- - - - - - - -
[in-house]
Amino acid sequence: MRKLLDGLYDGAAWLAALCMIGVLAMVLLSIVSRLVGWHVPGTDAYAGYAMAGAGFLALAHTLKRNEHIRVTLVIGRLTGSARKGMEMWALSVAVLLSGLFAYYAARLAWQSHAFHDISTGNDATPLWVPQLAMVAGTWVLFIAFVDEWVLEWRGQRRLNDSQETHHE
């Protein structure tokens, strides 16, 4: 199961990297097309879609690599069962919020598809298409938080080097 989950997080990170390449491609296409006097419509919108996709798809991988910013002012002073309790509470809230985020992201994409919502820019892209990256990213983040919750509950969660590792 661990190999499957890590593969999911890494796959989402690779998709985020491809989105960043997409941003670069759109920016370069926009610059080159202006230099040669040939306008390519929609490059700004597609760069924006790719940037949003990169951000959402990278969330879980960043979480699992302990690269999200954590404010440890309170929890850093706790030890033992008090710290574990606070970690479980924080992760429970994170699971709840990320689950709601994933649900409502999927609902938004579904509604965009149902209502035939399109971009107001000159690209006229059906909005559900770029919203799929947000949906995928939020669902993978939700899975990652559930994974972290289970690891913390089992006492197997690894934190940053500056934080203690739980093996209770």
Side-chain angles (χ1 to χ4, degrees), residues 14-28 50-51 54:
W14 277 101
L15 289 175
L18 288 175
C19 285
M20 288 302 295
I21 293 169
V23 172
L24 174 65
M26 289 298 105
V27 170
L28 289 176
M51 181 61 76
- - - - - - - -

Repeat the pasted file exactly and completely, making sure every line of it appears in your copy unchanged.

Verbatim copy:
[in-house]
Amino acid sequence: MRKLLDGLYDGAAWLAALCMIGVLAMVLLSIVSRLVGWHVPGTDAYAGYAMAGAGFLALAHTLKRNEHIRVTLVIGRLTGSARKGMEMWALSVAVLLSGLFAYYAARLAWQSHAFHDISTGNDATPLWVPQLAMVAGTWVLFIAFVDEWVLEWRGQRRLNDSQETHHE
């Protein structure tokens, strides 16, 4: 199961990297097309879609690599069962919020598809298409938080080097 989950997080990170390449491609296409006097419509919108996709798809991988910013002012002073309790509470809230985020992201994409919502820019892209990256990213983040919750509950969660590792 661990190999499957890590593969999911890494796959989402690779998709985020491809989105960043997409941003670069759109920016370069926009610059080159202006230099040669040939306008390519929609490059700004597609760069924006790719940037949003990169951000959402990278969330879980960043979480699992302990690269999200954590404010440890309170929890850093706790030890033992008090710290574990606070970690479980924080992760429970994170699971709840990320689950709601994933649900409502999927609902938004579904509604965009149902209502035939399109971009107001000159690209006229059906909005559900770029919203799929947000949906995928939020669902993978939700899975990652559930994974972290289970690891913390089992006492197997690894934190940053500056934080203690739980093996209770």
Side-chain angles (χ1 to χ4, degrees), residues 14-28 50-51 54:
W14 277 101
L15 289 175
L18 288 175
C19 285
M20 288 302 295
I21 293 169
V23 172
L24 174 65
M26 289 298 105
V27 170
L28 289 176
M51 181 61 76